By Paul de Blok, Senior Consultant
With the planned implementation of PSD2, a number of practical problems have arisen which can all be traced back to one core issue: there’s a lack of clear standardization rules. The European Banking Authority (EBA) has come up with the basics, but the parties responsible for implementing standardization rules are left with a great amount of freedom to fill in the gaps. And it isn’t working.
A mandate lacking specifics
The existing mandate given to EBA puts a great focus on security. This makes sense, as it will be a core concern to customers, trusted third parties (TTP) and banks alike. The flipside of this security-centric approach is that the actual content of the payment initiation (PIS) and account information (AIS) lacks definition. The provisionary guidelines which EBA has published so far state that parties should adhere to ISO20022 standards where possible. This is, of course, way too broad a statement. What should a customer be able to do exactly? For example, will they be given the opportunity to initiate separate transactions or batches? What options are they given when initiating a cross-border transaction where IBANs and BICs aren’t necessarily the standard? As a result of this lack of specifics, the so-called ‘account-servicing payment service providers’ (AS-PSP, or ‘banks’) will have to come up with their own standards, and trusted third parties could end up in a situation where they have to develop specific services for each AS-PSP they want to connect to. If this seems like a less-than-ideal situation to you, you’re absolutely right – it is.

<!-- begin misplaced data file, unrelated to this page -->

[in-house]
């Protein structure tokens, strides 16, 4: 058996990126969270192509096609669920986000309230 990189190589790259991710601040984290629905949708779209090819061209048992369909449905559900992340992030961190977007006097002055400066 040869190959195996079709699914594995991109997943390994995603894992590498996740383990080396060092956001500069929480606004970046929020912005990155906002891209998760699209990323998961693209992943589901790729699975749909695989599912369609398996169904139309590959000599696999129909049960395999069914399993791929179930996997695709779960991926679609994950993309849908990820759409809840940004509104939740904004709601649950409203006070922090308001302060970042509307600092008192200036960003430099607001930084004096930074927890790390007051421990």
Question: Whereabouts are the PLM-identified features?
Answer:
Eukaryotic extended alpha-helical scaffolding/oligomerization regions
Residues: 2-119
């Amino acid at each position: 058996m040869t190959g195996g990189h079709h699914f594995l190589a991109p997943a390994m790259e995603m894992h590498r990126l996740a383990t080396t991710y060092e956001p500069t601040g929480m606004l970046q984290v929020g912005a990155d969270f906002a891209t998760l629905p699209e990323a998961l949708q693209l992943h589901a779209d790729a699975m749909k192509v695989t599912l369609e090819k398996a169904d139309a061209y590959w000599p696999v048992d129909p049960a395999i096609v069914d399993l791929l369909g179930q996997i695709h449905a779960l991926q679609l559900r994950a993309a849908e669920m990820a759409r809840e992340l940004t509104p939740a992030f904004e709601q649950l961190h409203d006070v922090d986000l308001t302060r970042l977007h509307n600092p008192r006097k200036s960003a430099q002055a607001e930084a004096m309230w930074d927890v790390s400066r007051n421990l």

No more waiting for standards
This issue requires a solution – rather today than tomorrow. Basically, there are two options:
What do you think?
It all comes down to this: people working in the payments domain need to address this problem properly. Banks are in dire need of an unambiguous standard, and we should join forces in order to communicate a clear-cut message: ‘European Union, we need more specific standards. Ones that we can work with in practice!’